MOSCOW (Reuters) - Patriotic, anti-American messages adorn the pages of two alleged Russian spies on Russia’s answer to Facebook, a reminder of historic suspicions and resentments that have survived the end of the Cold War.
“Russia will never abandon you!” is the repeated message on the pages of Mikhail Semenko and Anna Chapman, arrested in the United States on suspicion of being part of a Russian spy ring. Over 100 people left similar messages of support on the Russian language social netowrking site odnoklassniki.ru on Wednesday.
“Hang on in there Misha (Mikhail)... Everyone knows this is an American witch-hunt,” one surfer posted on Semenko’s page, referring to U.S. Senator Joseph McCarthy’s anti-Communist investigations at the height of the Cold War.
The U.S. arrests earlier this week of 10 alleged spies and tales of secret meetings, invisible ink and secret handovers, have been splashed over the front pages of U.S. media.
Russia has angrily rejected the allegations but later said ties between the Cold War foes would not be damaged.
Semenko’s page says he is 27 and last visited on May 24. In his profile picture, the floppy-haired smiling Russian poses in front of the White House in Washington.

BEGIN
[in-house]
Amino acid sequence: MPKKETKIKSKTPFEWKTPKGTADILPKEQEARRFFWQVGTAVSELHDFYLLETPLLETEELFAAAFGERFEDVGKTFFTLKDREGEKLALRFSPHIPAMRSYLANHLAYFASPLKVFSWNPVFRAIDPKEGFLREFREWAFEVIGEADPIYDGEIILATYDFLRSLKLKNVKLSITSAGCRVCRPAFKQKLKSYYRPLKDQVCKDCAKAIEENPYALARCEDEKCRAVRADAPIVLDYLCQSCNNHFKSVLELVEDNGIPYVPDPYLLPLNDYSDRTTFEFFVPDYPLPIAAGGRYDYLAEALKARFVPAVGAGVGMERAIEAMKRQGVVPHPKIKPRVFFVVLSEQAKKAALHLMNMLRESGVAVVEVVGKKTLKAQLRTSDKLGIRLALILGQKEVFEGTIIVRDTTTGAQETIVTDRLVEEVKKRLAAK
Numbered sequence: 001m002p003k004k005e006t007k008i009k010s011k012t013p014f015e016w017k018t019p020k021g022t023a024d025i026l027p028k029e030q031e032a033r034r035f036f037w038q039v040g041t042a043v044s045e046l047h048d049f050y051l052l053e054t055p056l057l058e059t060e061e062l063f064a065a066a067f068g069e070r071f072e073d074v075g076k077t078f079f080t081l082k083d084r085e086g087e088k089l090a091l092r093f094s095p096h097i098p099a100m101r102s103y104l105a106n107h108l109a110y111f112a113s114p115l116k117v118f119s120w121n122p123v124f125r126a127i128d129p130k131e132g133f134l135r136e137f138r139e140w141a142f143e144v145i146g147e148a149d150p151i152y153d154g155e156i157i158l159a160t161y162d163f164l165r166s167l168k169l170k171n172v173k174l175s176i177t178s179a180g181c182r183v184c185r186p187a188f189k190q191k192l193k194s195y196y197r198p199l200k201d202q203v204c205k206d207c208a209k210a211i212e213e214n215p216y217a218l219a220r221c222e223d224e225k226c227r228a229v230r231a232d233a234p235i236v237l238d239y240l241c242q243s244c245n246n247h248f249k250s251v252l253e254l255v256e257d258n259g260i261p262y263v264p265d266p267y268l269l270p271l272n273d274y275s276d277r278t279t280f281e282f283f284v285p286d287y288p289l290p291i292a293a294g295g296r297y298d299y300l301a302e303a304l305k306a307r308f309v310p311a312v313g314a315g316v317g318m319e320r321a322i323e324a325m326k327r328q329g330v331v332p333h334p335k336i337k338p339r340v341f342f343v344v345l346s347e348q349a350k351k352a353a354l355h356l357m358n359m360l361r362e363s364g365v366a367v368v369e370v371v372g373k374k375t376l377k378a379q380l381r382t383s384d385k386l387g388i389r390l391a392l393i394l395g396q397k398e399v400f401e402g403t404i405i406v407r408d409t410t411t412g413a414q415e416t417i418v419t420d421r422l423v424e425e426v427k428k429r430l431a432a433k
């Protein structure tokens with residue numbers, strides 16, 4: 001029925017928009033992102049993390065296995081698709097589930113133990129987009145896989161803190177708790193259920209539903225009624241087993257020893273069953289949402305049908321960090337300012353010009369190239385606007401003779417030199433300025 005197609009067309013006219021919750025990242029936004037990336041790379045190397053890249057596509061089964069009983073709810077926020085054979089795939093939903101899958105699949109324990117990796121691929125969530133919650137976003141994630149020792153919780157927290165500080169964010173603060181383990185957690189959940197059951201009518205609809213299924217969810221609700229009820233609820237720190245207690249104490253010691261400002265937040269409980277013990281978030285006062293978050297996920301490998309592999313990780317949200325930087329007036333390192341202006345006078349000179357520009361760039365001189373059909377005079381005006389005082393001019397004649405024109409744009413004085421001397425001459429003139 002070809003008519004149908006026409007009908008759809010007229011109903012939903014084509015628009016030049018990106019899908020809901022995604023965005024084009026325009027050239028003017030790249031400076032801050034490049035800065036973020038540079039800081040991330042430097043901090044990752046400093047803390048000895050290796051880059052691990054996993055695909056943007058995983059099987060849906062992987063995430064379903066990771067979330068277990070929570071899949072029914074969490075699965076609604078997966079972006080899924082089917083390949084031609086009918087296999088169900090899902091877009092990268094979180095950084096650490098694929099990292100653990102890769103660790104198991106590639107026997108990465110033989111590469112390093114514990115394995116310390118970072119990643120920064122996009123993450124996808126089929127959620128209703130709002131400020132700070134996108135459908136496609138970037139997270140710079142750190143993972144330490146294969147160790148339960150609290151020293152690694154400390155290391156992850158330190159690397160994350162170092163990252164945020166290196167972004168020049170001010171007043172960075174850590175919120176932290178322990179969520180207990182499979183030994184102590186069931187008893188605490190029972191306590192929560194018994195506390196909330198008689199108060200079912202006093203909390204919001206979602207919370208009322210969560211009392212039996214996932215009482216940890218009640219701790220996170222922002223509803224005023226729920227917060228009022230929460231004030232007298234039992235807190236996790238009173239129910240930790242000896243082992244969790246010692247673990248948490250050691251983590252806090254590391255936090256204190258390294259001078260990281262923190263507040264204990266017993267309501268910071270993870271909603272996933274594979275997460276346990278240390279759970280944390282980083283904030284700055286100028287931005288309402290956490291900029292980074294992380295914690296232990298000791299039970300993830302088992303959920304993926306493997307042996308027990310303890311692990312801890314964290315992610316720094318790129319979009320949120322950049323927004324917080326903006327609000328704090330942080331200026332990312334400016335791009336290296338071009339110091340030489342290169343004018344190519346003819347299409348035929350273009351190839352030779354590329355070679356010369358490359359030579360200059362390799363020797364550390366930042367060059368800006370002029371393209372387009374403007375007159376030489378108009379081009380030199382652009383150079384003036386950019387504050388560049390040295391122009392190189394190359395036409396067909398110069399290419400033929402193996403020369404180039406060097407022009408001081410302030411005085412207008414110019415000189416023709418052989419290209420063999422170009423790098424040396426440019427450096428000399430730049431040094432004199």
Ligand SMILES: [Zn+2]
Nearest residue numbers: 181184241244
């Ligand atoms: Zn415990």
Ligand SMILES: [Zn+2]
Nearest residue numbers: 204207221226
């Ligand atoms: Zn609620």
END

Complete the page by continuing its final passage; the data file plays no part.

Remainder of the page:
“Those yanks really know how to freak people out,” another surfer wrote in one of many comments slamming Americans and protesting the innocence of those arrested.
People ranging from teenage boys to female pensioners posted the comments.
Chapman, who Russian media say is actually called Kushchenko, last visited the site on June 20. The 28-year-old’s photo shows her casting a sideways glance, clad in a bright blue bustier and with flowing brown hair.
One of her many female supporters wrote: “Soon Anna will return home... Enormous respect is due to Anna. A book will be written about her and a film made.”
The spy ring is accused of gathering information ranging from data on high-penetration nuclear warhead research programs to background on CIA applicants for the Russian government.
Reporting by Amie Ferris-Rotman, additional reporting by Aleksandras Budrys; editing by Ralph Boulton